I’m in my second year in the same school - got the job from abroad - it’s a franchise of a chain. I’m happy here and have a degree of freedom. The boss (& head office) are pretty enlightened although parents sometimes make unrealistic or old-fashioned demands.

The happiest teachers I’ve met work places with M-F daily classes that focus on fluency and function (as opposed to passing standardized tests) and let the teachers run the class the way they want to. Those folks who have taught for many years, would you agree?[/quote]

A fewQs for ckvw and anybody else who has an opinion;

1 Are those mostly chains, franchises or independent schools?

2 You said daily classes - is that the anchinban type thing with 1st and 2nd graders who come every afternoon except Tuesdays?

3 Are the bosses foreigners or Taiwanese?

4 Are they all in Taipei or are any elswhere?

5 How on earth do they reconcile the lack of tests, emphasis on fluency etc. with parents who want the kids to memorise patterns and long vocab lists, and do pages and pages of grammar exercises?

There are plenty of schools that fill the demand for “fluency and function”. Some (though not many) Taiwanese parents are looking for fluency and function over standarized testing and memorization.

The school you work for fills the demand for “tests, memorization, long vocab lists and grammar exercises”.

The English learning market is not singular; there are many different types of schools fitting different types of needs. The school you work for seems to fill the needs of the most common demand–memorization to tests.


In response to joesax:

1 All types - long-termers can be found in all types of schools with all kinds of curriculums, even big bad franchises like Hess. I just noted that many (not all) described regular classes and relative freedom in teaching methods.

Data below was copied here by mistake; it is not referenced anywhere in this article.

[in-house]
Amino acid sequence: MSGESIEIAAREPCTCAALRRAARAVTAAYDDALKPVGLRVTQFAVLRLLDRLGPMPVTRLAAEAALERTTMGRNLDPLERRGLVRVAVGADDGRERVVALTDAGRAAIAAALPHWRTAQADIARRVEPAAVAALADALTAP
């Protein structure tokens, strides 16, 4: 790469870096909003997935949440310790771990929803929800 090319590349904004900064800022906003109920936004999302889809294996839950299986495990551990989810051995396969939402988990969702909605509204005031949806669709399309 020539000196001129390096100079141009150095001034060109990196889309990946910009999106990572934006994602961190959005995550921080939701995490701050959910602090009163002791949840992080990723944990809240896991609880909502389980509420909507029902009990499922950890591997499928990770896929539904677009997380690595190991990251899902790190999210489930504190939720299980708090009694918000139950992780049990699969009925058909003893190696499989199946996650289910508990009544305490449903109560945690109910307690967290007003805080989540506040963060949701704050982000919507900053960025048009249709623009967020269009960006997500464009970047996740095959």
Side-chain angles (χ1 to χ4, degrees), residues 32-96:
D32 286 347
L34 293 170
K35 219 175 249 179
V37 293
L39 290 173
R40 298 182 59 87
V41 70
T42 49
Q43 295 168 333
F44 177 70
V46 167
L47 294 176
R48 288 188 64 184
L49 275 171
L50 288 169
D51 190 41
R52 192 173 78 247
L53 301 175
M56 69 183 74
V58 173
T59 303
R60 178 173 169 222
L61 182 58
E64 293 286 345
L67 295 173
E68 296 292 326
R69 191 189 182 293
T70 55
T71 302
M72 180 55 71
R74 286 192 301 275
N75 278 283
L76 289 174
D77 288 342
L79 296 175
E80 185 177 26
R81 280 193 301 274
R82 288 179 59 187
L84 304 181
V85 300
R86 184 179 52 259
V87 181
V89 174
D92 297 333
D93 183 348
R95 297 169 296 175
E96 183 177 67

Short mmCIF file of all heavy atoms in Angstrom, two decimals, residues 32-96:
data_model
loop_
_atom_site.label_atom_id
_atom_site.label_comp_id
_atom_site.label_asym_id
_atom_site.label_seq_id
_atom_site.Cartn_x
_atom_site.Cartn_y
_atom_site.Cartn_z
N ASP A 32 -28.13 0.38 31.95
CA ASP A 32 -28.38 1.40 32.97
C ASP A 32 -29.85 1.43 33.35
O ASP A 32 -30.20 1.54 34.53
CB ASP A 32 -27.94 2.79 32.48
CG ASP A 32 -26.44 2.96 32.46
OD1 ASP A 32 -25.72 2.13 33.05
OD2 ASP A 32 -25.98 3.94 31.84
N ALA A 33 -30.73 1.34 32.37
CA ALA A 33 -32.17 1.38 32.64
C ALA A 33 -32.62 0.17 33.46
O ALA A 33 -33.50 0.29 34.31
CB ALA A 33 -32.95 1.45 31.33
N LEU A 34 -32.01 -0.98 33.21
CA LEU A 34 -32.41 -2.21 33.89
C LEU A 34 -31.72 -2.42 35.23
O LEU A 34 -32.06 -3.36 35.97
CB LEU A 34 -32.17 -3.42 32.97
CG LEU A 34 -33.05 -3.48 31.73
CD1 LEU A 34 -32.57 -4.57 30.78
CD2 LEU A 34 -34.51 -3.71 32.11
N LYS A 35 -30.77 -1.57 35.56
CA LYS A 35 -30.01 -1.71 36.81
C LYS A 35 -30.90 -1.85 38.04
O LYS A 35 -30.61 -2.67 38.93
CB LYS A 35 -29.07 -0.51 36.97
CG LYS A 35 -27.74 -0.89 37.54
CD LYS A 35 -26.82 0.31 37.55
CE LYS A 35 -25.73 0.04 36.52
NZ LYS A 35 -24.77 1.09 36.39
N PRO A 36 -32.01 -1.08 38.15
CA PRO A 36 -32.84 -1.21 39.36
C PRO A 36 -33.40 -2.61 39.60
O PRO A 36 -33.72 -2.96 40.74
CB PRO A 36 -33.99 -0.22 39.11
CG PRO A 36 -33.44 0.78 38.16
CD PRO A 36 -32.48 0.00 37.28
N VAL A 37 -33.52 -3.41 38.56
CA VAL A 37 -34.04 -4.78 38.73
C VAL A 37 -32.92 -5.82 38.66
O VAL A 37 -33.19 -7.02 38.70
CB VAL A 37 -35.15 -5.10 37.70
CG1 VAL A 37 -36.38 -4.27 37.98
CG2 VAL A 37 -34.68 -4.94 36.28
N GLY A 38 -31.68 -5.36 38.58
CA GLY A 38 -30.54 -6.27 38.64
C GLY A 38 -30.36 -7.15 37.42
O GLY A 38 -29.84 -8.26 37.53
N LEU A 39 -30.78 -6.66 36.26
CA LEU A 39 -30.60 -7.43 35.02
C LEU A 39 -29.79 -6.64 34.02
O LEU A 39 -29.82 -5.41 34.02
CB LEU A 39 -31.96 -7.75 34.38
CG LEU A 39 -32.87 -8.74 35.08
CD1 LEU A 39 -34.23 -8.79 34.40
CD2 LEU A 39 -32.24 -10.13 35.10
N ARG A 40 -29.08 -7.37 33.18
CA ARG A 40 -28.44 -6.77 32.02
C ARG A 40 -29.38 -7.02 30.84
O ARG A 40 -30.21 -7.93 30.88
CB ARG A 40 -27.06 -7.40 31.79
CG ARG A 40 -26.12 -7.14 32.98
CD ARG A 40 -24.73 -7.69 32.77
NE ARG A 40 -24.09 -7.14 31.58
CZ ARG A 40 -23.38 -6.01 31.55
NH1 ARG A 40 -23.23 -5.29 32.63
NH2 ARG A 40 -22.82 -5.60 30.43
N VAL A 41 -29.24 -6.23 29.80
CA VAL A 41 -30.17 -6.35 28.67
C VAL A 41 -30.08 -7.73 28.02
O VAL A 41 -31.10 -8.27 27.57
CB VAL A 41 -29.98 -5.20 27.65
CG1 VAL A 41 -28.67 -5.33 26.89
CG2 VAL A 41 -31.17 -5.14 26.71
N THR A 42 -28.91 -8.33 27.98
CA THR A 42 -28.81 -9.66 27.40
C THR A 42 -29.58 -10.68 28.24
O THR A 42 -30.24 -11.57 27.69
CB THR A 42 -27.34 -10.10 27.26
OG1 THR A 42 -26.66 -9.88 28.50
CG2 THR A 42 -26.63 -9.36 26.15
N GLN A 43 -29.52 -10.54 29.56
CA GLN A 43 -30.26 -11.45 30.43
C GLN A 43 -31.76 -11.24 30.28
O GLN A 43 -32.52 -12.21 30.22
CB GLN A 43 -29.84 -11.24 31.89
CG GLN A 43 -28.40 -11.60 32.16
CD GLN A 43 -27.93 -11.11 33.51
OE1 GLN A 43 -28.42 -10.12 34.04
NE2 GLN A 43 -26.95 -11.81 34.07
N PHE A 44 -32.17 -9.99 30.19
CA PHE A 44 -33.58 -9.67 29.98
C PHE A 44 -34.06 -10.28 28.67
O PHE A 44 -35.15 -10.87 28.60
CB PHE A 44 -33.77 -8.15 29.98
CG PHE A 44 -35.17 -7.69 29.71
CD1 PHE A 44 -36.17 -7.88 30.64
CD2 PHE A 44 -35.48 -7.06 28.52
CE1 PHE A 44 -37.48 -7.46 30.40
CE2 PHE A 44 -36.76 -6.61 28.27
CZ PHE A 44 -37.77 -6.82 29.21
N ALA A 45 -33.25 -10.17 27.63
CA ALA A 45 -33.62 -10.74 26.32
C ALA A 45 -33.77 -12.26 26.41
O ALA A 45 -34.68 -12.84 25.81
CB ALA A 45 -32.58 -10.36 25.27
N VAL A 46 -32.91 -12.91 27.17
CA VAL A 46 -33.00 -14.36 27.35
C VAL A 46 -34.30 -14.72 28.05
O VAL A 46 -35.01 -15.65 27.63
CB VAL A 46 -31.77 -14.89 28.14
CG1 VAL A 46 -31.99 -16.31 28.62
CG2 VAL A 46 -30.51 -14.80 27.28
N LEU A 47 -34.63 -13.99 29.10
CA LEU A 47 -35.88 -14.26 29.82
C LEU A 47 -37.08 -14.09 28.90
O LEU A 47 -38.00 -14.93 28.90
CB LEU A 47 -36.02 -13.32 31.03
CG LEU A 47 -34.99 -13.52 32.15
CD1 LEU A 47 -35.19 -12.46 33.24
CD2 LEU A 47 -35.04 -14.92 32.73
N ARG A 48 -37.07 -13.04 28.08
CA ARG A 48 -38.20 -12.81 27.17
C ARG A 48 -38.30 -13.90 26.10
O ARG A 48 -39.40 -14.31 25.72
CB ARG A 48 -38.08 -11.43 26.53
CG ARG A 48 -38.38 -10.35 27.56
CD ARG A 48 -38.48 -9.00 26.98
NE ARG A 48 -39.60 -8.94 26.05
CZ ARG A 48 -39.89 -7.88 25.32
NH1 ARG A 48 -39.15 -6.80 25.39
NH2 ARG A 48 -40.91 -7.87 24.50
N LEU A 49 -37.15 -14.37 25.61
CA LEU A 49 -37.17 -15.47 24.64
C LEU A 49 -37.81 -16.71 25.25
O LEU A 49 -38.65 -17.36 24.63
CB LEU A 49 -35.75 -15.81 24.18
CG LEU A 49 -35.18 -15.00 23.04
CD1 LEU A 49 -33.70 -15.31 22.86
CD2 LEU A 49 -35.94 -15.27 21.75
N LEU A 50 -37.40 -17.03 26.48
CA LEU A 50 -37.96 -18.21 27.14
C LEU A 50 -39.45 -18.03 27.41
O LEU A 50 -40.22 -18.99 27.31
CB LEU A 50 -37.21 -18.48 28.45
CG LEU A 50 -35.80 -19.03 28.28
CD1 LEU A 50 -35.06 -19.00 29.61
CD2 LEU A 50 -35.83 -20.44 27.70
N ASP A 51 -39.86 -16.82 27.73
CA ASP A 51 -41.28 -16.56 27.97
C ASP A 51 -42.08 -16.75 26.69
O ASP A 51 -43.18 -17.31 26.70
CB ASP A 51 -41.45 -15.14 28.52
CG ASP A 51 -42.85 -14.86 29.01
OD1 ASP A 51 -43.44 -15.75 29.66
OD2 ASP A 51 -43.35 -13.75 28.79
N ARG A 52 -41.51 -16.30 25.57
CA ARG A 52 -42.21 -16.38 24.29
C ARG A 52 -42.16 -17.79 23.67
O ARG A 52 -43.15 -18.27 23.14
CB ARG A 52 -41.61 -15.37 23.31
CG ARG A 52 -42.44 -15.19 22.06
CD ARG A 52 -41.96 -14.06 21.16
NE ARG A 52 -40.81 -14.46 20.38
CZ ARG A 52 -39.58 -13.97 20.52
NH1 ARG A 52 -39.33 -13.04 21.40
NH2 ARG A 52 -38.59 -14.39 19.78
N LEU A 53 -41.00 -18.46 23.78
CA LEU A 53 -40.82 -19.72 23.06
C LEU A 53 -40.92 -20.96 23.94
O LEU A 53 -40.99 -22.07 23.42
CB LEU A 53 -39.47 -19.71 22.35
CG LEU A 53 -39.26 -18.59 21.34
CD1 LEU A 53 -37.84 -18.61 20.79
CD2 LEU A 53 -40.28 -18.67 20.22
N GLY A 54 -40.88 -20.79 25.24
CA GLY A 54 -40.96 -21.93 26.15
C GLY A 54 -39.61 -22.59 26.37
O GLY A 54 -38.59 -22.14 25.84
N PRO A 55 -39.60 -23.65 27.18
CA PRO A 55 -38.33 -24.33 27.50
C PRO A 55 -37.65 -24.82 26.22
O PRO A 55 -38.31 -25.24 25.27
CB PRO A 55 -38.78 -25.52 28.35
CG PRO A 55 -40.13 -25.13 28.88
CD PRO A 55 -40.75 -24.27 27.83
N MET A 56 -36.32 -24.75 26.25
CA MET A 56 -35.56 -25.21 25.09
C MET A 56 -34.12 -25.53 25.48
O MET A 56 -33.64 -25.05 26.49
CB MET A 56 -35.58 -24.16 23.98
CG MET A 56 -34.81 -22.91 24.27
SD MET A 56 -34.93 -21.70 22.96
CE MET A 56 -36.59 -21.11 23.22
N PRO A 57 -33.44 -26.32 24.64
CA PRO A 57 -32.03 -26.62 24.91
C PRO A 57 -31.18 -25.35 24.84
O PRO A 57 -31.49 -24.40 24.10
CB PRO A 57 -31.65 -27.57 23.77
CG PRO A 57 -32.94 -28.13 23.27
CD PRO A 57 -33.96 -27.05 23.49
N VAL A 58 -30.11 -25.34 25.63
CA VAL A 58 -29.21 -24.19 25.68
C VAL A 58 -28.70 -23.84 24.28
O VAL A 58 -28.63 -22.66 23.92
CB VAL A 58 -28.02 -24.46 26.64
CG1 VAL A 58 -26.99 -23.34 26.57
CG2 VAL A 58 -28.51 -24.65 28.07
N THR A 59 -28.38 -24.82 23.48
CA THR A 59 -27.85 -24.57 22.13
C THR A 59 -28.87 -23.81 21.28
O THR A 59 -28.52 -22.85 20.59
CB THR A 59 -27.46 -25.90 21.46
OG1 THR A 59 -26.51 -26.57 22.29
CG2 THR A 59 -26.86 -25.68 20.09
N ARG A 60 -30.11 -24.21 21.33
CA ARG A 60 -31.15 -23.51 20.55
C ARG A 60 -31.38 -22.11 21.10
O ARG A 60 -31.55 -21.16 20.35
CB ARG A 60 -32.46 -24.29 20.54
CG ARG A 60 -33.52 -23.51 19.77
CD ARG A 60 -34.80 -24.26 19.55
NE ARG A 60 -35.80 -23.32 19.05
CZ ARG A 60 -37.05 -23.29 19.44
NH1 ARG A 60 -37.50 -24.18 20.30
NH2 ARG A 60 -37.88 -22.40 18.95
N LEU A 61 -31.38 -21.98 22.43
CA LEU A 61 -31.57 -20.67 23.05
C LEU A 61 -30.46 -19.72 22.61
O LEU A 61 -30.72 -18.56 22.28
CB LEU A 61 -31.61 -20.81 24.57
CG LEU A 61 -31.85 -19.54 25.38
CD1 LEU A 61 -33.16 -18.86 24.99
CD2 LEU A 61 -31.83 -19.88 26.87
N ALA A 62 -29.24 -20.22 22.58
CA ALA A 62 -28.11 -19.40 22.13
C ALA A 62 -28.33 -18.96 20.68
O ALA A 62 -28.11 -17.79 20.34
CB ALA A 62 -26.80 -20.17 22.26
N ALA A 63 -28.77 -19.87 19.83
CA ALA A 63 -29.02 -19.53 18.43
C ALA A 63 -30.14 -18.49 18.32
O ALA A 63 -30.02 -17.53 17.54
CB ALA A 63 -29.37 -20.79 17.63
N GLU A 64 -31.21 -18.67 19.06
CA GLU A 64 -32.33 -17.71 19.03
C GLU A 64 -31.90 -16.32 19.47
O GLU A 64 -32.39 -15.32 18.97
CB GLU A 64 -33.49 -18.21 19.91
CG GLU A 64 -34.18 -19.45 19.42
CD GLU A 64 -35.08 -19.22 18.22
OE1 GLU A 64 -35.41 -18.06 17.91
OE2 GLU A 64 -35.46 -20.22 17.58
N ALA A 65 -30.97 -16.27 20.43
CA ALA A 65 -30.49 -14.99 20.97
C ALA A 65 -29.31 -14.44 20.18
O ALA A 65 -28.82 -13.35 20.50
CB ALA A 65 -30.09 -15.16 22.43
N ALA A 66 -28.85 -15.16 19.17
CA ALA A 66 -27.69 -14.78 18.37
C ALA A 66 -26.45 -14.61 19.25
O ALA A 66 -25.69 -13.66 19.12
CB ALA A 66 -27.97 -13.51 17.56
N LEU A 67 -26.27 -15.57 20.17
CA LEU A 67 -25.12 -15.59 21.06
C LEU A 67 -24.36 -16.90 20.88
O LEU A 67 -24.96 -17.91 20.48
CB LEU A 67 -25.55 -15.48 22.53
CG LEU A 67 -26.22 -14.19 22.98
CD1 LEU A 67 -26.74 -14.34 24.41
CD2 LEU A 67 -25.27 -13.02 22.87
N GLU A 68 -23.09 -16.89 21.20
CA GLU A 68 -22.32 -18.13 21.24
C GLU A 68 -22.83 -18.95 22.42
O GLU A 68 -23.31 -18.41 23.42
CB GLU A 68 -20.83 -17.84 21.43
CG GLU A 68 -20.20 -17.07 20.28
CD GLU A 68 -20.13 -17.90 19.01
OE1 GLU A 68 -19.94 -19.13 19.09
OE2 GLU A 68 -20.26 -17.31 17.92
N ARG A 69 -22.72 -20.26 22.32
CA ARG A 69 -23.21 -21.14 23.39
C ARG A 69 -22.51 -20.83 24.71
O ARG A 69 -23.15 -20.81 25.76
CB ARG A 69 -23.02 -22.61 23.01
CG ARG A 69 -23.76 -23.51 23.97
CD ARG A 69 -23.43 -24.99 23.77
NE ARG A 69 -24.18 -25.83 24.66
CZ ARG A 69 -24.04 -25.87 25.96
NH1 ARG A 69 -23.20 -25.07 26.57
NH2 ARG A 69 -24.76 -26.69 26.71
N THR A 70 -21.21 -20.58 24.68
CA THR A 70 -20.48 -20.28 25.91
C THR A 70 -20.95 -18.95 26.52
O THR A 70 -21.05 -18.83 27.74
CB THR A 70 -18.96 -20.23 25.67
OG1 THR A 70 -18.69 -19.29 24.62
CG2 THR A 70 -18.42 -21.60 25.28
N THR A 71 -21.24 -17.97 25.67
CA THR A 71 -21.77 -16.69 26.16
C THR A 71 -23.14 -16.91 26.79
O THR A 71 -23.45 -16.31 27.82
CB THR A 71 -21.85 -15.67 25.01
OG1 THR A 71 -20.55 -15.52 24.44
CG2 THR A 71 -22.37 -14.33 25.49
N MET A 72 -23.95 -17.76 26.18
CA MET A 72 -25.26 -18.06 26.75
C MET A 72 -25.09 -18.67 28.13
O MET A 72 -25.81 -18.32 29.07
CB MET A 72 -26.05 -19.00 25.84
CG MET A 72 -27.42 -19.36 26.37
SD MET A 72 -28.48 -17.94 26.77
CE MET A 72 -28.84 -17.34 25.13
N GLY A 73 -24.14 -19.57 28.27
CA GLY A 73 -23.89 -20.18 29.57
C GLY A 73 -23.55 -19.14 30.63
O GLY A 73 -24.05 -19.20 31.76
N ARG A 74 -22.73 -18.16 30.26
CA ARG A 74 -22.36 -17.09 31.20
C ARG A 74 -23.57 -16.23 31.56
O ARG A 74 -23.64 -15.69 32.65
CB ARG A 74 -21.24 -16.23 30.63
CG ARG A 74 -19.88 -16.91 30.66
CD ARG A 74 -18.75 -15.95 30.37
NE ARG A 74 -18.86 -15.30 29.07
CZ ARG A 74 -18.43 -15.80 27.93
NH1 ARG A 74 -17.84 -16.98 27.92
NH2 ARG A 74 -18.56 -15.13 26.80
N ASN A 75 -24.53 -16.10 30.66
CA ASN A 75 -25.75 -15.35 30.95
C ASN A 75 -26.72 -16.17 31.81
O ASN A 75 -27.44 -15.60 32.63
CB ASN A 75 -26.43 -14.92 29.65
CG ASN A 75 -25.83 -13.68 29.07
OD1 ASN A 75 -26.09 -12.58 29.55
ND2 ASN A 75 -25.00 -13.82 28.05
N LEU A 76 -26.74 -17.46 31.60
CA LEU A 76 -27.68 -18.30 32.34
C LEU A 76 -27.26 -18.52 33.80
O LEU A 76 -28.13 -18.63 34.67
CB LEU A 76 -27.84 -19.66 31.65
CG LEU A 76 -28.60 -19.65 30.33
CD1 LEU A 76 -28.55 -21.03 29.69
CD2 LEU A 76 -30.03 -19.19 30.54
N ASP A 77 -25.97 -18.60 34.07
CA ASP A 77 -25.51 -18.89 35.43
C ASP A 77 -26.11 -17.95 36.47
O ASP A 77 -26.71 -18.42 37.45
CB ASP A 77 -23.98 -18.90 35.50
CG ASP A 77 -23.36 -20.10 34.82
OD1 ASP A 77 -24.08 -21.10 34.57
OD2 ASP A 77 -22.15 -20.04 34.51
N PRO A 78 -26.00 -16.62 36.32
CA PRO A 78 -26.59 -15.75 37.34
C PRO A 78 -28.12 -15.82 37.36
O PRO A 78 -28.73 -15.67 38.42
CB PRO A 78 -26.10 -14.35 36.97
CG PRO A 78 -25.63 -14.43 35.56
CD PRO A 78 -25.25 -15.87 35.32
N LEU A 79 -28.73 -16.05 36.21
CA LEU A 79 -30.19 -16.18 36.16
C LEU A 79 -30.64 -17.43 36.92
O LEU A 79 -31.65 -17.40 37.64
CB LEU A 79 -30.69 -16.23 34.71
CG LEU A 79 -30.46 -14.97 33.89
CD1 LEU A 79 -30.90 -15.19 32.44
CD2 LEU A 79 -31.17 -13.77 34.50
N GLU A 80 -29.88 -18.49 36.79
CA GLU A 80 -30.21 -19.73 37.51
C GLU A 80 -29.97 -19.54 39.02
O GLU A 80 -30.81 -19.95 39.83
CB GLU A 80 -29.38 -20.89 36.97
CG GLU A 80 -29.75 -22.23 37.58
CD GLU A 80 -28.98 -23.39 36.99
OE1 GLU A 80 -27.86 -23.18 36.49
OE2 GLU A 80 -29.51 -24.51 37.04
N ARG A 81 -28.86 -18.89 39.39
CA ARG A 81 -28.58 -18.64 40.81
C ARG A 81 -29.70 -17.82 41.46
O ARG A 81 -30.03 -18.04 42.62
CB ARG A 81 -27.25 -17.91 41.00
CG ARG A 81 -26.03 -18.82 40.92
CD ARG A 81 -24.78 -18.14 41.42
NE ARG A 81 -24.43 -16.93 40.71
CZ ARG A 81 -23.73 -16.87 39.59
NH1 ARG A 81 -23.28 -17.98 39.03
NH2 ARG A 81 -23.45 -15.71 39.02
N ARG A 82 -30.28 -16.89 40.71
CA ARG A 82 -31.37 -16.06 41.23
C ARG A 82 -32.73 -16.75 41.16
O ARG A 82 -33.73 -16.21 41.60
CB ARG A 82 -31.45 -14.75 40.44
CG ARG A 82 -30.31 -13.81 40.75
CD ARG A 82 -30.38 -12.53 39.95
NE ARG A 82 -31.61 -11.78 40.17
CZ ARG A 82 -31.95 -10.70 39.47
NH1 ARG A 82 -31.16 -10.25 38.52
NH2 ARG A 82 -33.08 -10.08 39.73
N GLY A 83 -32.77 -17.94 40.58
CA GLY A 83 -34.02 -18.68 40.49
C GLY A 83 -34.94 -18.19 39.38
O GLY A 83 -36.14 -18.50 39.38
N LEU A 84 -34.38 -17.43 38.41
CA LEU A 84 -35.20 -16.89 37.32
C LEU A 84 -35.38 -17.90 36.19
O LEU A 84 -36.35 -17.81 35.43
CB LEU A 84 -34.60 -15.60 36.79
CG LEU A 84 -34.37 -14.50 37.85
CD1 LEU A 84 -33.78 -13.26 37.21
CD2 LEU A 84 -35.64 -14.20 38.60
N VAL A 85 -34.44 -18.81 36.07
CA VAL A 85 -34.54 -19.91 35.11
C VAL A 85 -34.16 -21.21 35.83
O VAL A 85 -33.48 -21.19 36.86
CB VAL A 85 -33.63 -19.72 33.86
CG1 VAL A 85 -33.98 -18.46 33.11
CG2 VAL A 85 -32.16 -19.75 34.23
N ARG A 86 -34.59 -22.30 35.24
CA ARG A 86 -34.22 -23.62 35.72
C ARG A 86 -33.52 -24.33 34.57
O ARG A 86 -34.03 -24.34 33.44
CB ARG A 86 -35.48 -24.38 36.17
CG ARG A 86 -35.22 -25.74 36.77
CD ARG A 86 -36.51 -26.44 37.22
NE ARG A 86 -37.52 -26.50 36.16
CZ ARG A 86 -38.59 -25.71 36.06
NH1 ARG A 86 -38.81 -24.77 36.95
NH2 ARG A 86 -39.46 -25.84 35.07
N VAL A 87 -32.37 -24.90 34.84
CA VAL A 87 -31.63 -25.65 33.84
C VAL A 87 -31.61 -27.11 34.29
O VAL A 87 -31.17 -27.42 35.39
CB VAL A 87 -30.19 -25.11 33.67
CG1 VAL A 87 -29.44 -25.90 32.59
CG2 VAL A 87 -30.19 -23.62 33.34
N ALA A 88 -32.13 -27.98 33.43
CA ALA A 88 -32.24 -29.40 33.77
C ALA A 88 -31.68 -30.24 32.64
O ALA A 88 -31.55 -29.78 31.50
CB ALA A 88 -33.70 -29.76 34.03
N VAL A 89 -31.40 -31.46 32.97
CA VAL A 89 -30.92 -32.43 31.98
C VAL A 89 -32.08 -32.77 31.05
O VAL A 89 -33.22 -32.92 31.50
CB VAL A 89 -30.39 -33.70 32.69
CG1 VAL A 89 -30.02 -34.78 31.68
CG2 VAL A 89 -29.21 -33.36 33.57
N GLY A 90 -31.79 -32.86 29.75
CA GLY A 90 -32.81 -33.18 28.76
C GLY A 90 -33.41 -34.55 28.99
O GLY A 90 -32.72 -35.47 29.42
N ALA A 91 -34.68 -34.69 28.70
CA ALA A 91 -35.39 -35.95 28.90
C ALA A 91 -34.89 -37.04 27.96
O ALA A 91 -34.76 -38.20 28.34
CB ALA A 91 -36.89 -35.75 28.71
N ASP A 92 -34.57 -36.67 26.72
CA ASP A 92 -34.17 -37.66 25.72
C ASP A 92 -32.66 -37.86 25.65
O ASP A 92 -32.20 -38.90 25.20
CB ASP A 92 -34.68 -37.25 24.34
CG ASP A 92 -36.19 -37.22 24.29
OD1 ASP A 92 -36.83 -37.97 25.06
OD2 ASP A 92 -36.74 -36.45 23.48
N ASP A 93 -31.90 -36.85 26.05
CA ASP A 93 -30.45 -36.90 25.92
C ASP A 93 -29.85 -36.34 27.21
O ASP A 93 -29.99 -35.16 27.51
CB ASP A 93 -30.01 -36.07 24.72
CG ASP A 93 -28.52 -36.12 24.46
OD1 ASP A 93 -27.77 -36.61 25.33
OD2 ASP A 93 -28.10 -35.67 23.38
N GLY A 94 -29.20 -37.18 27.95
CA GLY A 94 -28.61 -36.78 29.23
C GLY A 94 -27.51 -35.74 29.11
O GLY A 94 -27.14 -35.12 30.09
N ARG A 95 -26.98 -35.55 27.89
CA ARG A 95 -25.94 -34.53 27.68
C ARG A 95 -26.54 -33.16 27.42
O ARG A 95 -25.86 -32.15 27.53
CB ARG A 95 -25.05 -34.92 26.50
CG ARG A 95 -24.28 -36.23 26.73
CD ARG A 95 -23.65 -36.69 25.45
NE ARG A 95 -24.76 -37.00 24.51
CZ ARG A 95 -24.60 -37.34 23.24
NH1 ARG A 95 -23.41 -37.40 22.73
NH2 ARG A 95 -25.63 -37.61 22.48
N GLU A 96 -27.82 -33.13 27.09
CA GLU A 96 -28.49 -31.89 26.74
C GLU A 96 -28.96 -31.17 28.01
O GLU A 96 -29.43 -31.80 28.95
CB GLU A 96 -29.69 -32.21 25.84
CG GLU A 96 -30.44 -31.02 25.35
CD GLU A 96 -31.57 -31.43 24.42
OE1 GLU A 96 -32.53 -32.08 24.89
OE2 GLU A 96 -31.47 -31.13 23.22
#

2 Some, but not exclusively. I taught adult classes that met daily as well.

3 The big boss is always Taiwanese, right? I guess there are a few schools out there actually run by a foreigner, but they are few and far between. For schools with more than a few foreign teachers, I do think that having a foreign teacher supervisor who acts as a buffer between teachers and management can help with teacher retention.

4 I worked only in Taipei, so that’s my frame of reference.

5 As Muffin noted, there are more than enough schools offering such a curriculum and there is enough of market for some alternatives.

Another observation on this:

Some folks really clam up about their school when you ask them. They say they love their job, but when pressed for details, they give vague answers and change the topic. Many just say something along the lines of “I love my students” or “I can do what I want.” Sometimes, they don’t even give the name of the school “Oh, it’s place over in Mucha - you’ve never heard of it.” That’s why when people ask “What are good schools to work for?” I can’t name many schools.

Thanks for the helpful and interesting replies.

Perhaps I should add a little on the reason for my questions. I’m interested (as most teachers here are I suppose) in market demands, the extent of knowledge of current teaching methodology among parents, teachers and bosses, and the applicability of that methodology to Taiwan.

Muffin wrongly assumed that I was complaining about my school; in fact as I said, both the head office and the franchise owner use communicative methodologies. Nonetheless, parents outside of Taipei don’t seem to be as enlightened as some who live in Taipei, and maintaining the school as an effective business necessitates a small amount of compromise towards grammar exercises etc. I feel that these can actually reinforce learning provided that they are done within the wider context of a communicative methodology.

I’d be interested to hear anyone else’s comments on the real-world issue of maintaining a balance between teachers’ ideals and parents demands, and on any effective ways to educate parents as to what teachers think their children really need.